Her life began to change in 1996. An American man named Paul, who loved her and with whom she shared an apartment, gave Mingshui the address of a Web site where she could meet other lesbians. About 3 a.m. or 4 a.m., while Paul slept, she would tiptoe to the computer and log on.

"Before you find this address, you feel you are the only one," said Mingshui, 30. "Then I realized, 'There are thousands of people like me.' This is a big discovery."

Last year, with the help of e-mail, Mingshui met Wan Ru, who worked as an accountant for a Japanese airline company. In October, they were married in Shanghai in what is thought to be China's first lesbian wedding.

A same-sex wedding -- which the Chinese government does not recognize -- was Wan's idea. The 23-year-old Christian longed for the stability of marriage and wanted to celebrate it with a formal ceremony.

The wedding was held in an old Russian Orthodox church that now serves as a French restaurant. Fearing interference, the couple limited the guest list to about 25 and never told the owners there was no groom.

By all accounts, it was a lovely ceremony.

The brides wore satin wedding gowns and pink and white roses in their hair. The menu included salmon carpaccio and veal tenderloin. Natalie Cole's version of "I'm Beginning to See the Light" played in the background.

Standing beneath stained glass windows before gay and lesbian friends as well as family members, the two women recited their vows and exchanged rings as a Chinese movie director officiated. When they tried to lift each other's veils to kiss, they bumped foreheads and began laughing.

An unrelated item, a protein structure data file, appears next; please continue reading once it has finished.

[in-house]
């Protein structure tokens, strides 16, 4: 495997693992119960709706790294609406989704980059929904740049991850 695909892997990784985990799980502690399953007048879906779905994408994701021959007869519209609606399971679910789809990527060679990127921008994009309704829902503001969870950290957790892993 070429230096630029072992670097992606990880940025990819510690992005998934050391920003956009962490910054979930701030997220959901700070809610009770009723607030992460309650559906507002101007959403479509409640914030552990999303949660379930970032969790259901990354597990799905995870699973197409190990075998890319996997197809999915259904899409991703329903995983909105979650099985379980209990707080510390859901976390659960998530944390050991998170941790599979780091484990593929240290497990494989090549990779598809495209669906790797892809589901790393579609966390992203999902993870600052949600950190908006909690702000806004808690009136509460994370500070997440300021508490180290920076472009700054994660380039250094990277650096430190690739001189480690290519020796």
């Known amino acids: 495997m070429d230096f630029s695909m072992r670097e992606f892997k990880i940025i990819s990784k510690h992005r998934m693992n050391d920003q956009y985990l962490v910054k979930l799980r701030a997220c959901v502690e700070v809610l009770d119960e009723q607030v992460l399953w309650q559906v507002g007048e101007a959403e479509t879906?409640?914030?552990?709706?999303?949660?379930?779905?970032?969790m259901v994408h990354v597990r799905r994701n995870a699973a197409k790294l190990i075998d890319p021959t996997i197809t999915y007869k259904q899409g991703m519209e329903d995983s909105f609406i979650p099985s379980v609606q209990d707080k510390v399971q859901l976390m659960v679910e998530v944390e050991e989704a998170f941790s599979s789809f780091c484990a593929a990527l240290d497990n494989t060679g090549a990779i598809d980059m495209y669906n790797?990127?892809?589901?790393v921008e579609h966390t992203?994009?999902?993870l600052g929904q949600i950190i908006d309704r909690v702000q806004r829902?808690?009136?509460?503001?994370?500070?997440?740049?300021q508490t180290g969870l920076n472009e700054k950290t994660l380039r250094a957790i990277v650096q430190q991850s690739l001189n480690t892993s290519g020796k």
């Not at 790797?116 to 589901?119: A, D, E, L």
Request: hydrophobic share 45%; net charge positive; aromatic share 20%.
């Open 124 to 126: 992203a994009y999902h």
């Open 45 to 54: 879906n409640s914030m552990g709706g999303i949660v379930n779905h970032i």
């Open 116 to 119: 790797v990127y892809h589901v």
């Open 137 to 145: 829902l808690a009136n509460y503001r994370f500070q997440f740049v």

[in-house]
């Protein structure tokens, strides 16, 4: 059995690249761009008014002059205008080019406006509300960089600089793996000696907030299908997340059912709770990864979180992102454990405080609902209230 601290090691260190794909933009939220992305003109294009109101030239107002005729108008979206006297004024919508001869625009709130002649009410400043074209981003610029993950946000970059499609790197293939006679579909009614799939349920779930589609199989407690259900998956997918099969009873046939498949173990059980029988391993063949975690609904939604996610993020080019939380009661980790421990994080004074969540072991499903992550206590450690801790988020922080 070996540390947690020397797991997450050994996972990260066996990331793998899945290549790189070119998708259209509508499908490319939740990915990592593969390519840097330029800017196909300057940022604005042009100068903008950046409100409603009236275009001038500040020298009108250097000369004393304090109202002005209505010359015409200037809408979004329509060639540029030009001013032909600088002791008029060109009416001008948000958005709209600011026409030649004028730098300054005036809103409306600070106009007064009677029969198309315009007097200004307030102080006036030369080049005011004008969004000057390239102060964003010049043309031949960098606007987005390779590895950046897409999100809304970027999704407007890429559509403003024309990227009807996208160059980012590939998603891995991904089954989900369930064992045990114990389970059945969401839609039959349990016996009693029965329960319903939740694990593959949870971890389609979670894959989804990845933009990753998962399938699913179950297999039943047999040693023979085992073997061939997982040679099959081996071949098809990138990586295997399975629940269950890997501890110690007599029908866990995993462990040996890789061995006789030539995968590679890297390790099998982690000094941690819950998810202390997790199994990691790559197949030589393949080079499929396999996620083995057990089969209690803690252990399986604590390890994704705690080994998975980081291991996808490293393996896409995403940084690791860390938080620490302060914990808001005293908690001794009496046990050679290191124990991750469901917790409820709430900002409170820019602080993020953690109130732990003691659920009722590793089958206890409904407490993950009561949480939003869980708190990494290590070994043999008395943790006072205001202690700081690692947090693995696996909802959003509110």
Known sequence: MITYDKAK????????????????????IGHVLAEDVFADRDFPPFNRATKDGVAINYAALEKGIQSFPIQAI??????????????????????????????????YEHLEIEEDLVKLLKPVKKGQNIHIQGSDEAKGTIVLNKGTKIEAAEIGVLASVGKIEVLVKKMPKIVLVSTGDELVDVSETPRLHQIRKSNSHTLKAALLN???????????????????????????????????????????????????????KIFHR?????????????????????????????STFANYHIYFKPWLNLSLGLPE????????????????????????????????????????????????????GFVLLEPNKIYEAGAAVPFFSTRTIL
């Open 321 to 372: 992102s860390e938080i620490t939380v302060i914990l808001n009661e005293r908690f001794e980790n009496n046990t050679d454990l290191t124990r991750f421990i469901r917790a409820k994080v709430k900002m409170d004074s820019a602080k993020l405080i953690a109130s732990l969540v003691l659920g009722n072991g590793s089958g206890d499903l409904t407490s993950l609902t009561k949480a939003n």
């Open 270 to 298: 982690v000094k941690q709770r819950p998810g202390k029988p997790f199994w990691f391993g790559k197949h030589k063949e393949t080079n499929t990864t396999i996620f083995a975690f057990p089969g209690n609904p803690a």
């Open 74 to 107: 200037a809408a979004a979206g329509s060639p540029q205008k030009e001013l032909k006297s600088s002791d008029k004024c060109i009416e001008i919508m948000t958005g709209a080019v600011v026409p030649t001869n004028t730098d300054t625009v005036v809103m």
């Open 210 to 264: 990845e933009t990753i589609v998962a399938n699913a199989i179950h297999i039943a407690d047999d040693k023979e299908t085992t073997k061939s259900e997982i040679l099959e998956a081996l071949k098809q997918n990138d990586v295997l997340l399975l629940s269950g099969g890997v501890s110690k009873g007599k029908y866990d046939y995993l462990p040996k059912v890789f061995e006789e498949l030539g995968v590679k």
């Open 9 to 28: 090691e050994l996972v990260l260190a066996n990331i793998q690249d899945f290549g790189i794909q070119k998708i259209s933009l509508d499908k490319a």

"It was very touching," recalls Edward Zhuang, the restaurant's assistant manager, who thought he was the host to a traditional wedding until he noticed wall decorations with pictures of the two women together.

Although the couple held the ceremony in a public place, they kept it private to avoid unwelcome attention. Those not specifically invited were told to stay away.

Wan's mother, sister and brother-in-law attended. Mingshui didn't tell her 70-year-old mother, who does not know she is a lesbian.

"I don't want to destroy the rest of her life," Mingshui said.

Changing attitudes

Homosexuality has a lengthy and somewhat open history in China. The classic Chinese novel "The Dream of Red Mansions" features a highly suggestive scene between an opera singer who plays female characters and a male admirer. During the Qing Dynasty, restaurants offered young waiters to their male patrons. Some emperors slept with boys.